The internet access is bad in Tanzania. It’s worse than it has been in the countries visited. You can’t pay with a card at the gas stations. You can find some ATM-s and you can even use your Master card to get money from them.
For various reasons, we decide to go directly to Dar es Salaam. For this, it takes us exactly three days from the border. The first half of the road is mostly being repaired. As usual, the front of the front tire falls flat in the evening. After some repairs we can continue.
It’s ok during the day because the visibility is good. The round-ways of the sections in repair are really though in the dark. The temporary roads are sprayed with water to prevent huge amounts of dust. This means that the roads are covered with a layer of liquid clay that is extremely slippery. In addition, you can’t see the holes underneath. Obviously not too much is spent on temporary roads and quite often there are large holes or slippery rocks underneath the dirt. The worst thing is the extremely tight traffic of huge trucks on these dangerous sections. In addition, these sections are either on slopes or on declines. Riding in the muddy clay, with a fully loaded bike, with two passengers, between trucks, in the dark … really bad, honestly. There was nowhere to stop and stay for the night. The first place was 140 km away, starting from the sunset. We ignored the prohibiting signs everywhere possible and rode on the sections being repaired. Some were pretty ok, covered in compact crushed stone. Some were even paved. There was a section that was covered with fresh tar. We could’ve probably been able to ride on a fresh new asphalt a day later. There were people still on the road on the last section that was being repaired. We were stopped by a man with a gun and in a rather decisive way, ordered us to turn back. Since it was not a AK 47, I made it look like I was doing just that, after turning half way, I turn back in the direction ahead and turn the gas. Fortunately nobody started to shoot at us. We arrived at the campsite quite happily and after some time, stay in a room again (actually a hut).
As breakfast is not offered in the camping are, we went to the nearest town to grab something. With sleeping late, it takes some time to get on the move. We were half way on Dar es Salaam and wanted to get there that day. The GPS showed that it was 560 km away so it was highly unlikely. We had another flat tire that afternoon. There was still a couple of hours of light left so I decided to see what’s going on. It’s unreal. How can a front tire break so many times??!! I’ve just pulled the inner tube out from the side and patched it up every time before that, so I decided to take the tire off completely and find out what’s going on. I was really ma. At the same time, Victor from France came on his old African Twin, on his way to the Cape Town. Together we discovered a strange crack inside the tire.
Sharp and deep. Just at the place where the latest injuries have been. Even the shape and angle matches. The crack or split is not through and through. From the outside, the tire is fine. Since there were no better options at the moment, I put several layers of gray tape on the crack and hope that the inner tube will stay ok for at least as long as I can find a new one.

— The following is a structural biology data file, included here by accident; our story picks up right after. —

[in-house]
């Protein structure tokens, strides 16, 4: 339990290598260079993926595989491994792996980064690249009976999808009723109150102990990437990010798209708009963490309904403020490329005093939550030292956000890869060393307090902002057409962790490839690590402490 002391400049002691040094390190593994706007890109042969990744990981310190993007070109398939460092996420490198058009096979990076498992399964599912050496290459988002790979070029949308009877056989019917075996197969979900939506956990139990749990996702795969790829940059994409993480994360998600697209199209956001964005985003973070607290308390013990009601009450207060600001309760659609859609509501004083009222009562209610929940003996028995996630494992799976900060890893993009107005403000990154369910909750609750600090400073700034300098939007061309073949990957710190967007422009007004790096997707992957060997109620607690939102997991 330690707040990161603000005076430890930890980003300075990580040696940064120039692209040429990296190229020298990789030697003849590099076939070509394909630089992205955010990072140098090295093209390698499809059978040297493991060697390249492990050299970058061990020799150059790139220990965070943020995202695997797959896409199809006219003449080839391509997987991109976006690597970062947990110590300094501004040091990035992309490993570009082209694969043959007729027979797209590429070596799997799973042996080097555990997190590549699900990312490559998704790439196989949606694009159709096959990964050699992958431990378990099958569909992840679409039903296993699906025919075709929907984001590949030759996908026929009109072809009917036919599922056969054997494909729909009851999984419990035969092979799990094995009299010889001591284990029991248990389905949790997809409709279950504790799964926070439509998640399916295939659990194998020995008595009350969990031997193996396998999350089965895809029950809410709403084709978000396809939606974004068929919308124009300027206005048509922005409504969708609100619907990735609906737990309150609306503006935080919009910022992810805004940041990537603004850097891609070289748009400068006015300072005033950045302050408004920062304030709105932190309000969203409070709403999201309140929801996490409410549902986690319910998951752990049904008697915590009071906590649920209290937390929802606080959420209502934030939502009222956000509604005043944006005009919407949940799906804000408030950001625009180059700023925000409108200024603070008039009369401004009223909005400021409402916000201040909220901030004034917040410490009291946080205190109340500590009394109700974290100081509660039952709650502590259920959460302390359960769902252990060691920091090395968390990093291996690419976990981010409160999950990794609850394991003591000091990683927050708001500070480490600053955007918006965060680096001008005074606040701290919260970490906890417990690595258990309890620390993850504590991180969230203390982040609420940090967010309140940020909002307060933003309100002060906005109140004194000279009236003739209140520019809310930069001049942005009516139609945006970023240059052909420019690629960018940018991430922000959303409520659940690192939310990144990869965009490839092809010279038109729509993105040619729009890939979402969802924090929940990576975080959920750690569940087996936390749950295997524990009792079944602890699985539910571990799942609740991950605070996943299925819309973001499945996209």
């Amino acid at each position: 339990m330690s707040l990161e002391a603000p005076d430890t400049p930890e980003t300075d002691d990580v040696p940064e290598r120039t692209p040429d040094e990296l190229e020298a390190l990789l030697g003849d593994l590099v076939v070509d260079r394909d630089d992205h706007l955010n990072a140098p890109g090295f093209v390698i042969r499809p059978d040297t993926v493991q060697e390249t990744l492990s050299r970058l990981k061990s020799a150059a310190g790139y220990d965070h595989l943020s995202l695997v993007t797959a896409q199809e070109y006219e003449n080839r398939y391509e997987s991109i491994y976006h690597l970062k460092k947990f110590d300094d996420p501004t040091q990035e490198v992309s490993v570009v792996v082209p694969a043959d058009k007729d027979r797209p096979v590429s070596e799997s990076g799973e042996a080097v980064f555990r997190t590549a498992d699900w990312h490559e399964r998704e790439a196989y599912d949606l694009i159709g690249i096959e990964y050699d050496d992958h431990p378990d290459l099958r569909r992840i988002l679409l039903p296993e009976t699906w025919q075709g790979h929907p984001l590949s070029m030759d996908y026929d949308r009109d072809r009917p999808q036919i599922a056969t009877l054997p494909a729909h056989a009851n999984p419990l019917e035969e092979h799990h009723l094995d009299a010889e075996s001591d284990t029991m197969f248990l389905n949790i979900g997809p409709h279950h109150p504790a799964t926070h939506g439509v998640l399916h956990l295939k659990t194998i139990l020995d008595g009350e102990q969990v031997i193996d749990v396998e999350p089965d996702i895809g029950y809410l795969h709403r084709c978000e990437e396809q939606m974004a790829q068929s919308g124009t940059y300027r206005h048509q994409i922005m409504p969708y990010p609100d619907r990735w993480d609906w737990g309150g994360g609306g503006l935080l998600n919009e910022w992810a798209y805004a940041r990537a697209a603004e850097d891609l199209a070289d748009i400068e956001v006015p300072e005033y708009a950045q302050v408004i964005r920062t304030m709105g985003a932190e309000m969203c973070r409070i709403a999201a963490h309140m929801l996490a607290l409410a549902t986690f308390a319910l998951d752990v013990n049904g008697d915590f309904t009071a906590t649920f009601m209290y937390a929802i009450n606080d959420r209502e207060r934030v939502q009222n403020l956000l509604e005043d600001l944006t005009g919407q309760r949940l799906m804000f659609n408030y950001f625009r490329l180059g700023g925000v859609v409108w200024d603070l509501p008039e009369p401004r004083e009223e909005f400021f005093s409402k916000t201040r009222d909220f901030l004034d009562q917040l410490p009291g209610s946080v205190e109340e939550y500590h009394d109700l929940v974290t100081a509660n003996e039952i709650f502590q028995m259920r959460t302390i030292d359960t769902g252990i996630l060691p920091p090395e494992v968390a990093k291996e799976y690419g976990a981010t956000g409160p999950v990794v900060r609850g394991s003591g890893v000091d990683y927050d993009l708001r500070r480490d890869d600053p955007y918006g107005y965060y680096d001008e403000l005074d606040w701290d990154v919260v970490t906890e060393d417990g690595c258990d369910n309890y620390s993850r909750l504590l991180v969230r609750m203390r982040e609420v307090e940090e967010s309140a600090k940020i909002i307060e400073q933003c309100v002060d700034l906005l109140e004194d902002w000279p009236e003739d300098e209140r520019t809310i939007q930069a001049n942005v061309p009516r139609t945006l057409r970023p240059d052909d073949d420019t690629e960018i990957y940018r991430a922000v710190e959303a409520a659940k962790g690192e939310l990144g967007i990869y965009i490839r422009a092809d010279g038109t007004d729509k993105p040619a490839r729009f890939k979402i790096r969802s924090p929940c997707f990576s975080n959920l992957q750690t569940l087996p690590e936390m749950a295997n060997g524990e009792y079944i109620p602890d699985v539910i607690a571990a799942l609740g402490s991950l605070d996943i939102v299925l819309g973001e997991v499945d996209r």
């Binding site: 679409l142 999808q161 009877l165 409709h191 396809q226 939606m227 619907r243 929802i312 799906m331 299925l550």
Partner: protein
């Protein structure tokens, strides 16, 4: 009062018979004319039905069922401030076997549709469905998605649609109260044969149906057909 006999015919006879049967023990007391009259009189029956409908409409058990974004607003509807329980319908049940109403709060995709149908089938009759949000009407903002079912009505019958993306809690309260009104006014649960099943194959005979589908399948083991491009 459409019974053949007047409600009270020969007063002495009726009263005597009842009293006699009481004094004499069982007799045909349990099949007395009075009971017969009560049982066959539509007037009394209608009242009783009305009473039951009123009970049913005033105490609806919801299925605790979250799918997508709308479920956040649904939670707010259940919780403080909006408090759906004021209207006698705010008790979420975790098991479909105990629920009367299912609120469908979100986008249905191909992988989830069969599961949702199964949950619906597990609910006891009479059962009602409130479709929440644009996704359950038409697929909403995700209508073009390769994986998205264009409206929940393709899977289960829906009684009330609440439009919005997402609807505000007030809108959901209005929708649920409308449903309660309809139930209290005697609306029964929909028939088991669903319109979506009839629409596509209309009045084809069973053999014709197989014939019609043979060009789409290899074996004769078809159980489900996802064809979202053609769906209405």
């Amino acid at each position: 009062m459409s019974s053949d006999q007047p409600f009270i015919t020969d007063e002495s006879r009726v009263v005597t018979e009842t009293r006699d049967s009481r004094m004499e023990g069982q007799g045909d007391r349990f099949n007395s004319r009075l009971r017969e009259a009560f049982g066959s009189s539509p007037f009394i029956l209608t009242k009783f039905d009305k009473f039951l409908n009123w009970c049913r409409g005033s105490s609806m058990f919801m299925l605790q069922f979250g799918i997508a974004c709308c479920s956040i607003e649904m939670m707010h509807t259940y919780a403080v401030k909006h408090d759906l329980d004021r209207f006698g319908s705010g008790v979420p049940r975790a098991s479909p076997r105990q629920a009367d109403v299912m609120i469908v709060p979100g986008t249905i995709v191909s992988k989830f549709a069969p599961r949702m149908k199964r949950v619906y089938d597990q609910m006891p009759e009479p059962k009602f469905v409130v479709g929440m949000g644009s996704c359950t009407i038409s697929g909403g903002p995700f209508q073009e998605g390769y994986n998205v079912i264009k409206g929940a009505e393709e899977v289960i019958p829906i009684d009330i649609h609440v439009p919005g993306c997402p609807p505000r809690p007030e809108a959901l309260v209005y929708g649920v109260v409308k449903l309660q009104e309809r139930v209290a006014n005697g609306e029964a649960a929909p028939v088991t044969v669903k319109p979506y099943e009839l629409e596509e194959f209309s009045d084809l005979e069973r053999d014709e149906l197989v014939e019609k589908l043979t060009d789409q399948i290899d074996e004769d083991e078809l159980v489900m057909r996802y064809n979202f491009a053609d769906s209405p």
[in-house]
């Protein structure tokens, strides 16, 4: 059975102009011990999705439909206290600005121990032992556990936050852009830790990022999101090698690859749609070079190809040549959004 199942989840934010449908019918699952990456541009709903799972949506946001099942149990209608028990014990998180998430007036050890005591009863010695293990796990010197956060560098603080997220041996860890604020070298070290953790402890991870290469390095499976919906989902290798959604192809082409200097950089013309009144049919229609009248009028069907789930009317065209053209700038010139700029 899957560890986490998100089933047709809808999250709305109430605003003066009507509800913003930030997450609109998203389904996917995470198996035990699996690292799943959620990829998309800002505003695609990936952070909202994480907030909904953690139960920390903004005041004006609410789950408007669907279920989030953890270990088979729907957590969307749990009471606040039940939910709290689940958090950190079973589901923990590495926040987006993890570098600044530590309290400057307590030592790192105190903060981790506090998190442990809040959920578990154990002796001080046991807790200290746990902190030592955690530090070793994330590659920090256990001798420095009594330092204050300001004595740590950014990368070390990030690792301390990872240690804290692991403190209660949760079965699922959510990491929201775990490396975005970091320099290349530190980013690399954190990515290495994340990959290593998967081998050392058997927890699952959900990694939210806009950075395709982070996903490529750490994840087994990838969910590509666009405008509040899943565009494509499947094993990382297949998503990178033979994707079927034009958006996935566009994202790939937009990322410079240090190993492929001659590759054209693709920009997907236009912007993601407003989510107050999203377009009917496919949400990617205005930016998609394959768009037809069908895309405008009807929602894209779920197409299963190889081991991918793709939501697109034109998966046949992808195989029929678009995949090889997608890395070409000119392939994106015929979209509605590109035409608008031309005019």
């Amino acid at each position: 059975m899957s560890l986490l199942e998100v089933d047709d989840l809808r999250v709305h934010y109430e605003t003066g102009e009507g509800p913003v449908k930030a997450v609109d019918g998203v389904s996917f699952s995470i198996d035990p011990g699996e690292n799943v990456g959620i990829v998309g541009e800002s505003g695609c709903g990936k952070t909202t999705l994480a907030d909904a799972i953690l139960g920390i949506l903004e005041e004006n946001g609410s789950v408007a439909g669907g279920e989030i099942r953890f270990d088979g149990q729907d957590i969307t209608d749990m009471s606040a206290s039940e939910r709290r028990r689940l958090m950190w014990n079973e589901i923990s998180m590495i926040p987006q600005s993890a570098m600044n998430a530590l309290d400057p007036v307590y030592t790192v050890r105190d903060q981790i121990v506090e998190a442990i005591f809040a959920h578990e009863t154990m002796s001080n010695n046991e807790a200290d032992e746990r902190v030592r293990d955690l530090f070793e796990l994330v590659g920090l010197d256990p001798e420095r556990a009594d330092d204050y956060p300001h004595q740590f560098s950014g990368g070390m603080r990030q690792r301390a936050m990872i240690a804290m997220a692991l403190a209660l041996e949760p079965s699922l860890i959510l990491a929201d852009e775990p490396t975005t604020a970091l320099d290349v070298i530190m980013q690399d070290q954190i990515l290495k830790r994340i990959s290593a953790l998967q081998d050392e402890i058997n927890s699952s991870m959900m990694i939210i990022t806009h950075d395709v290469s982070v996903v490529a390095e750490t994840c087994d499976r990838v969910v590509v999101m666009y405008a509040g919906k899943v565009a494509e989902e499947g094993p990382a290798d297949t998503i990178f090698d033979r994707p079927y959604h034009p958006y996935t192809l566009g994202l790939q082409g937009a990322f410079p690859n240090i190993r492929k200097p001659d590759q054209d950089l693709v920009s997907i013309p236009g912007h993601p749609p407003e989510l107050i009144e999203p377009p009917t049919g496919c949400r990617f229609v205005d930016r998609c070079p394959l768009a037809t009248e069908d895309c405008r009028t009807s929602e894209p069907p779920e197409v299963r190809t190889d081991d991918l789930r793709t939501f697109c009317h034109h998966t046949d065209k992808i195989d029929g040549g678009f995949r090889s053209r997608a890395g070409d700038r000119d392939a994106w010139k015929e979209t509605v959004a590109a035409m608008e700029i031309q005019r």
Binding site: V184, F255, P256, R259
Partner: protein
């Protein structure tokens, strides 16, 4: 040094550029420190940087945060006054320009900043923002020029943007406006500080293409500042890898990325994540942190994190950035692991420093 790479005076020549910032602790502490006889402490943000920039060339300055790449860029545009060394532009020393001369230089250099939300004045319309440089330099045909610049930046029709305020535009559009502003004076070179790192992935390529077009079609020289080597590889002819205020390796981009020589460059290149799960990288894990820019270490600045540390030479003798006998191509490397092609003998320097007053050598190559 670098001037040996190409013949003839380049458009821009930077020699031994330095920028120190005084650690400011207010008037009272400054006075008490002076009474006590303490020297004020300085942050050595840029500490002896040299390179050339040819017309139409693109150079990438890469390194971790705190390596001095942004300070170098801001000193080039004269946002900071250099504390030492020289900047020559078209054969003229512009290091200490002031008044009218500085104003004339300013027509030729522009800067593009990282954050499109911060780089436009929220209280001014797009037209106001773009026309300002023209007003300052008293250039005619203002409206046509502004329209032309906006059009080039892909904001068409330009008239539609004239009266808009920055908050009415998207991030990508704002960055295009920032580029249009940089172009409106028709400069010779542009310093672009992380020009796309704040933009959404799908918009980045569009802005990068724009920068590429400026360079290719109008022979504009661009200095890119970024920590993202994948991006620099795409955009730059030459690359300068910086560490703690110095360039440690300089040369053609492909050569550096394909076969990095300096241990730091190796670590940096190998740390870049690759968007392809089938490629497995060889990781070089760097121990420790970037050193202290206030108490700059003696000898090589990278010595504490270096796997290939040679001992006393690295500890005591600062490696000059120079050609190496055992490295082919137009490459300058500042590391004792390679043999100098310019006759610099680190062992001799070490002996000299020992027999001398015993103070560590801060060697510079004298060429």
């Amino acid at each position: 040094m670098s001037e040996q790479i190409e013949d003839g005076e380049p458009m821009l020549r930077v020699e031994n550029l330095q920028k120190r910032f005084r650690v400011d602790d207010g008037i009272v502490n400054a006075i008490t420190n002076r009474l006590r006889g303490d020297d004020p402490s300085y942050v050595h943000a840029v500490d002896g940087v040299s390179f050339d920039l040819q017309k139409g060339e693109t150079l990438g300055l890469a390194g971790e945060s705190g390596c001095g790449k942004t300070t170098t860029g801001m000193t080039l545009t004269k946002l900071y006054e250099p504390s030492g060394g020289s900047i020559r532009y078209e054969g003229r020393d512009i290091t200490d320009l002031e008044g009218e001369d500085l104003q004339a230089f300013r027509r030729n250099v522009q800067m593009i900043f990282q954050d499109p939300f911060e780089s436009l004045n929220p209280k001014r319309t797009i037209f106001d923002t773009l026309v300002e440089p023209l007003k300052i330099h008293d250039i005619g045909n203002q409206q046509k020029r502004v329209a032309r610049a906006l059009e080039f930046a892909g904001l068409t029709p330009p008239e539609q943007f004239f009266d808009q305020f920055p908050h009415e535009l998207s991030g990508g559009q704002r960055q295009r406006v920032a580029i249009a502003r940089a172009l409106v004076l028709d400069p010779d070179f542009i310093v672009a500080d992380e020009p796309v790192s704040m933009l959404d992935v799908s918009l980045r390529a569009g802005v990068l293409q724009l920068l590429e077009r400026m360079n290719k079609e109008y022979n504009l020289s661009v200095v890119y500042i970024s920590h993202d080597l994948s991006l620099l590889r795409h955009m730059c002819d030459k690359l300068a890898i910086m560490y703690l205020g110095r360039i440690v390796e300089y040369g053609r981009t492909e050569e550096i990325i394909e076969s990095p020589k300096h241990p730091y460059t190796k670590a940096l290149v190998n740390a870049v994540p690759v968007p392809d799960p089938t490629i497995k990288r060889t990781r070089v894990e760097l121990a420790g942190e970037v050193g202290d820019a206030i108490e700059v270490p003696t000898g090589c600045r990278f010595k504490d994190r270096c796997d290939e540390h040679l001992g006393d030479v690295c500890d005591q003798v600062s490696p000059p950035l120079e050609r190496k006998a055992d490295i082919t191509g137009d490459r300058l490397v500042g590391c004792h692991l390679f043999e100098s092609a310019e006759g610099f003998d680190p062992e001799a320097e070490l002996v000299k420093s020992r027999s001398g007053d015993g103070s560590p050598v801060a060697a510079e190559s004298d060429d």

As the tire exchange took a couple of hours, we didn’t go into Dar just yet. We stayed at a local guest house at the side of the road. It was a nice place and a room for two cost only 6 $. It even had hot water.
There are all kinds of stories going around about Dar. The robbing of the tourists on the streets was supposed to be a normal event. So we put our more valuable stuff at the bottom of the trunk and leave a big lever out from a bags lock. Good to have on hand if someone should attack from somewhere. I even prepared myself mentally for any sharper moments so there wouldn’t be any hesitations, I will not give anything away without a fight.
The traffic jams started about 60 km before the city and there was quite a lot of zig-zagging between the cars. A local biker, on some kind of older Honda enduro bike, rode ahead, so racing with him, we traveled toward the capital. We had to cross a larger national park where giraffes and antelopes were walking alongside the road. About 40 km before reaching Dar we had another flat tire. Luckily we were right next to a workshop. It turned out that the tape had moved and the inner tube had the same shape hole again. This workshop had the necessary tools for vulcanization. It took some time because of the power outages. But on the positive side, even the crack in the tire gets a vulcanized patch this time.
The inner tube has no scatheless spot. And despite the fact that I had brought plenty of patches, they are now almost gone. There are only three left.
We reached Kepepeo beach, about 15 km from the capital, by the evening. Kepepeo means butterfly. That was our goal and we will be staying here for couple of days. It’s like any other southern city. The lever was not needed after all. It reminds me South-East Asian metropolises, although Dar doesn’t seem to be very big. In general there is a similarity between Asian/Arab cities. Street food, all kinds of services right on the roadside etc.
Finally, the Indian Ocean white sand and light blue water you can see through!!!